Sixty years ago, communication receivers used vacuum tubes and came with precision mechanical dials in big metal boxes.
Thirty years ago, transistors and integrated circuits had replaced the valves and the boxes were smaller.
Today, this new receiver does a great deal more than any of the former and comes in a very small sealed metal container – just 156 x 97 x 41mm.
A purchaser receives a professionally presented package which includes the receiver, power supply, cables, user’s guide, an SMA/BNC adapter for the antenna socket and a CD-ROM with the application software.
It is assumed that a computer, essential to the operation of the receiver, is already on hand.
The user’s guide discusses the requirements for the computer. The one I used is a four year old laptop, Compaq Presario V6000 running Windows XP, and is about the minimum standard suitable for the job. Windows 7 or Vista would be the operating system in more modern computers. The hard disk must have at least 20MB of free space to hold the information from the CD-ROM.
After connecting the receiver, loading the CD-ROM and attaching a random (short) length of wire to the antenna socket, I followed the user’s guide and within five minutes was hearing my local station on 702kHz, through the speakers in the computer. Another five minutes and I was able, one by one, to tune in all my local stations on the default AM setting of the receiver.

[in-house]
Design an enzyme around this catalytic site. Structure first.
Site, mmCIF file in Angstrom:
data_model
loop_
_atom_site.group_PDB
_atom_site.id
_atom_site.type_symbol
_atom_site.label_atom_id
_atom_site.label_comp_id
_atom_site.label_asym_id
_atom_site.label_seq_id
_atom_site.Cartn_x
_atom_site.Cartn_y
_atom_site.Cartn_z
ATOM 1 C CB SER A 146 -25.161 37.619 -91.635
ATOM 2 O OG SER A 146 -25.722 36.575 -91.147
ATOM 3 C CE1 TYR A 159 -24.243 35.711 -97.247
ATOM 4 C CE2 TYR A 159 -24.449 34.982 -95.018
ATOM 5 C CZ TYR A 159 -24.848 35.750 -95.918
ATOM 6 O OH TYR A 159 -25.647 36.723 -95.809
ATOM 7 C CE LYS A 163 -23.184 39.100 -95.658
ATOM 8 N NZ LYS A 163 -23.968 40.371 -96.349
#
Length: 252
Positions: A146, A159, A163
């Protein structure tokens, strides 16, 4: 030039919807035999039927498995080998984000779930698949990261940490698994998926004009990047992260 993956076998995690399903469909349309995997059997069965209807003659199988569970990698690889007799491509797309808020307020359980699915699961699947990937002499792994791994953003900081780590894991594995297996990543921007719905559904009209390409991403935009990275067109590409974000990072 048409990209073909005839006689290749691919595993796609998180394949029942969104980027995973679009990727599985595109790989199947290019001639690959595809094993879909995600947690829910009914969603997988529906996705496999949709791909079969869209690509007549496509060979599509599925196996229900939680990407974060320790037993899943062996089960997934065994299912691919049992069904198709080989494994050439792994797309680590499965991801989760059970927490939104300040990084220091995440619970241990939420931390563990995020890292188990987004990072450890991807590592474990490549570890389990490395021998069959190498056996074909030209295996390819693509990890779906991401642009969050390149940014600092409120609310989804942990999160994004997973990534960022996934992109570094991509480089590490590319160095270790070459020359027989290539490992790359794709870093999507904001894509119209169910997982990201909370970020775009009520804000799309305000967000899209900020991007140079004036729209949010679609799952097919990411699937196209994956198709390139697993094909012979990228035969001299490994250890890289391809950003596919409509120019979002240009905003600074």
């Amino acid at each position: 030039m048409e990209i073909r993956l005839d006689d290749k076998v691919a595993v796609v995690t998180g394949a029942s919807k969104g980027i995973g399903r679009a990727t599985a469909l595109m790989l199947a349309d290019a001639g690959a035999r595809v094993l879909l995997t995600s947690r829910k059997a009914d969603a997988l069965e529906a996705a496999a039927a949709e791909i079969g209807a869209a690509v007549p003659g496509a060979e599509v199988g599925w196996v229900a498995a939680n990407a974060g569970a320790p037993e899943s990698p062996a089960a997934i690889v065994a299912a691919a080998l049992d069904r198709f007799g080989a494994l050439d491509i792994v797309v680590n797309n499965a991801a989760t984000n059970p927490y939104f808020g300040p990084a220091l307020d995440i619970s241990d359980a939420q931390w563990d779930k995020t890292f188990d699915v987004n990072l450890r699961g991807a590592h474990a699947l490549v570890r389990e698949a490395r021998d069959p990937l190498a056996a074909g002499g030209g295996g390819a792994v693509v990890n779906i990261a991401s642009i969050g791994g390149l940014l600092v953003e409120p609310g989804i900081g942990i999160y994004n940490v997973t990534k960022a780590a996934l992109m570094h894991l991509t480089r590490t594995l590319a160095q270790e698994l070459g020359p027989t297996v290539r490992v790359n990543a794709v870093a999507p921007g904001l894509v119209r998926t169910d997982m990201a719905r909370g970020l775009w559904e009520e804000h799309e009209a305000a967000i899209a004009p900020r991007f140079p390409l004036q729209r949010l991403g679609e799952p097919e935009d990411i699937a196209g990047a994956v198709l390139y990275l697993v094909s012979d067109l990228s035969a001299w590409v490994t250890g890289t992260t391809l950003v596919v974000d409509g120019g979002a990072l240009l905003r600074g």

Yet another five minutes with the guide and I was able to receive the local stations in the USB (upper sideband) and LSB (lower sideband) modes. That is, with the receiver-generated carrier substituted for the incoming carrier.
It is that easy to get started.
The 107-page User’s Guide is packed with well written information. Most owners, new to software-defined high frequency receivers, will take several weeks to fully appreciate the facilities offered by Excalibur.
In addition to the manual, there a great deal of helpful information on www.winradio.com